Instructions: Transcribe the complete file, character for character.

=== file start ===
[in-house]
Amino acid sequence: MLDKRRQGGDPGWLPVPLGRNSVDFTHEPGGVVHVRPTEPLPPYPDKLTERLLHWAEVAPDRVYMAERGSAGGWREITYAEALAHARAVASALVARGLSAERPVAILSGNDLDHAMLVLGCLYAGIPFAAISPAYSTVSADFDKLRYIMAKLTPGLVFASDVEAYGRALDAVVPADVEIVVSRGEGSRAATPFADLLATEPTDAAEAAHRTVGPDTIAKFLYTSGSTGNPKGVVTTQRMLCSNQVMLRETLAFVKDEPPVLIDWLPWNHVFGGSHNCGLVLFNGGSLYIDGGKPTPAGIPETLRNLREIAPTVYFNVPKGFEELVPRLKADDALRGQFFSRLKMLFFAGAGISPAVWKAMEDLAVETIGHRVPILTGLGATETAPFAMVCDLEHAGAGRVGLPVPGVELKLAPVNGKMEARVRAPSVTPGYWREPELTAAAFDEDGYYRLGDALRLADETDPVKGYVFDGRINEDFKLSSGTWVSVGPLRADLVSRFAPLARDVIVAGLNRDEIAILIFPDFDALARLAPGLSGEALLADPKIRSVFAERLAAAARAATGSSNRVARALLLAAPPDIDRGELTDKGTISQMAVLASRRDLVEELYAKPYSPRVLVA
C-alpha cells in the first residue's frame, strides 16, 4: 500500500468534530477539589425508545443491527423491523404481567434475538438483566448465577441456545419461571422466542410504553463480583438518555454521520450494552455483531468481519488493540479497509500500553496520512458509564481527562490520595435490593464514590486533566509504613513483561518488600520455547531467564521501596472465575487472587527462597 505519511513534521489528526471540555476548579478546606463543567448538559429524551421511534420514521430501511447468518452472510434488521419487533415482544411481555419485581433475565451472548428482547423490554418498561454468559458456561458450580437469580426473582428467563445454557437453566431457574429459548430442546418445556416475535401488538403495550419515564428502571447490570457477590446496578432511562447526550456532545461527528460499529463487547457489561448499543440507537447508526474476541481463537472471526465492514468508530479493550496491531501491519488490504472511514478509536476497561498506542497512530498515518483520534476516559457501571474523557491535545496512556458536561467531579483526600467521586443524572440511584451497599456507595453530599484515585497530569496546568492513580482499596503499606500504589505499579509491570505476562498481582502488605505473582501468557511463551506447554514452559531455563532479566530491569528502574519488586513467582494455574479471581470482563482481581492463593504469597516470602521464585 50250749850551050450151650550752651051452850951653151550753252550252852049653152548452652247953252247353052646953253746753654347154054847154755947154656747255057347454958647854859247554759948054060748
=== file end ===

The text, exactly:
[in-house]
Amino acid sequence: MLDKRRQGGDPGWLPVPLGRNSVDFTHEPGGVVHVRPTEPLPPYPDKLTERLLHWAEVAPDRVYMAERGSAGGWREITYAEALAHARAVASALVARGLSAERPVAILSGNDLDHAMLVLGCLYAGIPFAAISPAYSTVSADFDKLRYIMAKLTPGLVFASDVEAYGRALDAVVPADVEIVVSRGEGSRAATPFADLLATEPTDAAEAAHRTVGPDTIAKFLYTSGSTGNPKGVVTTQRMLCSNQVMLRETLAFVKDEPPVLIDWLPWNHVFGGSHNCGLVLFNGGSLYIDGGKPTPAGIPETLRNLREIAPTVYFNVPKGFEELVPRLKADDALRGQFFSRLKMLFFAGAGISPAVWKAMEDLAVETIGHRVPILTGLGATETAPFAMVCDLEHAGAGRVGLPVPGVELKLAPVNGKMEARVRAPSVTPGYWREPELTAAAFDEDGYYRLGDALRLADETDPVKGYVFDGRINEDFKLSSGTWVSVGPLRADLVSRFAPLARDVIVAGLNRDEIAILIFPDFDALARLAPGLSGEALLADPKIRSVFAERLAAAARAATGSSNRVARALLLAAPPDIDRGELTDKGTISQMAVLASRRDLVEELYAKPYSPRVLVA
C-alpha cells in the first residue's frame, strides 16, 4: 500500500468534530477539589425508545443491527423491523404481567434475538438483566448465577441456545419461571422466542410504553463480583438518555454521520450494552455483531468481519488493540479497509500500553496520512458509564481527562490520595435490593464514590486533566509504613513483561518488600520455547531467564521501596472465575487472587527462597 505519511513534521489528526471540555476548579478546606463543567448538559429524551421511534420514521430501511447468518452472510434488521419487533415482544411481555419485581433475565451472548428482547423490554418498561454468559458456561458450580437469580426473582428467563445454557437453566431457574429459548430442546418445556416475535401488538403495550419515564428502571447490570457477590446496578432511562447526550456532545461527528460499529463487547457489561448499543440507537447508526474476541481463537472471526465492514468508530479493550496491531501491519488490504472511514478509536476497561498506542497512530498515518483520534476516559457501571474523557491535545496512556458536561467531579483526600467521586443524572440511584451497599456507595453530599484515585497530569496546568492513580482499596503499606500504589505499579509491570505476562498481582502488605505473582501468557511463551506447554514452559531455563532479566530491569528502574519488586513467582494455574479471581470482563482481581492463593504469597516470602521464585 50250749850551050450151650550752651051452850951653151550753252550252852049653152548452652247953252247353052646953253746753654347154054847154755947154656747255057347454958647854859247554759948054060748